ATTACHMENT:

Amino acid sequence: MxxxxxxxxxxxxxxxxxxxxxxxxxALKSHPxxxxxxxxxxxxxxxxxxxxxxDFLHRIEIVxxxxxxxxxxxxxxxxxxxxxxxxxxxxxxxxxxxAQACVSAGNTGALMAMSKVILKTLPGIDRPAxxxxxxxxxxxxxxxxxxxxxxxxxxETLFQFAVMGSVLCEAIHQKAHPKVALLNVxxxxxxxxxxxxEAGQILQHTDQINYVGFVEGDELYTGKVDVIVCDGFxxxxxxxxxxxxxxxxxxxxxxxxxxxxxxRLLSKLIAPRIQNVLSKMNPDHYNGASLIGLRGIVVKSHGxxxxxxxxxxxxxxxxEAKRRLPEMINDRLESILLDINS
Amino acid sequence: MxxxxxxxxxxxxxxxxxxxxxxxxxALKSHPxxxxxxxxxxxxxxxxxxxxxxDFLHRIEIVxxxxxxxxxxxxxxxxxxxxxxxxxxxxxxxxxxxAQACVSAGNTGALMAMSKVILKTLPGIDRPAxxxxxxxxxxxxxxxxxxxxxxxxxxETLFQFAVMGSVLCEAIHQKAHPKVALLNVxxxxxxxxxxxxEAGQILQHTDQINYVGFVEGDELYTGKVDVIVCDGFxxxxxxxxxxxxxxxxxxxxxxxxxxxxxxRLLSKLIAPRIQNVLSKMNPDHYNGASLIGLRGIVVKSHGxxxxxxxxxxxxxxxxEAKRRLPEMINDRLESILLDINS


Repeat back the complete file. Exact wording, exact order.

Amino acid sequence: MxxxxxxxxxxxxxxxxxxxxxxxxxALKSHPxxxxxxxxxxxxxxxxxxxxxxDFLHRIEIVxxxxxxxxxxxxxxxxxxxxxxxxxxxxxxxxxxxAQACVSAGNTGALMAMSKVILKTLPGIDRPAxxxxxxxxxxxxxxxxxxxxxxxxxxETLFQFAVMGSVLCEAIHQKAHPKVALLNVxxxxxxxxxxxxEAGQILQHTDQINYVGFVEGDELYTGKVDVIVCDGFxxxxxxxxxxxxxxxxxxxxxxxxxxxxxxRLLSKLIAPRIQNVLSKMNPDHYNGASLIGLRGIVVKSHGxxxxxxxxxxxxxxxxEAKRRLPEMINDRLESILLDINS
Amino acid sequence: MxxxxxxxxxxxxxxxxxxxxxxxxxALKSHPxxxxxxxxxxxxxxxxxxxxxxDFLHRIEIVxxxxxxxxxxxxxxxxxxxxxxxxxxxxxxxxxxxAQACVSAGNTGALMAMSKVILKTLPGIDRPAxxxxxxxxxxxxxxxxxxxxxxxxxxETLFQFAVMGSVLCEAIHQKAHPKVALLNVxxxxxxxxxxxxEAGQILQHTDQINYVGFVEGDELYTGKVDVIVCDGFxxxxxxxxxxxxxxxxxxxxxxxxxxxxxxRLLSKLIAPRIQNVLSKMNPDHYNGASLIGLRGIVVKSHGxxxxxxxxxxxxxxxxEAKRRLPEMINDRLESILLDINS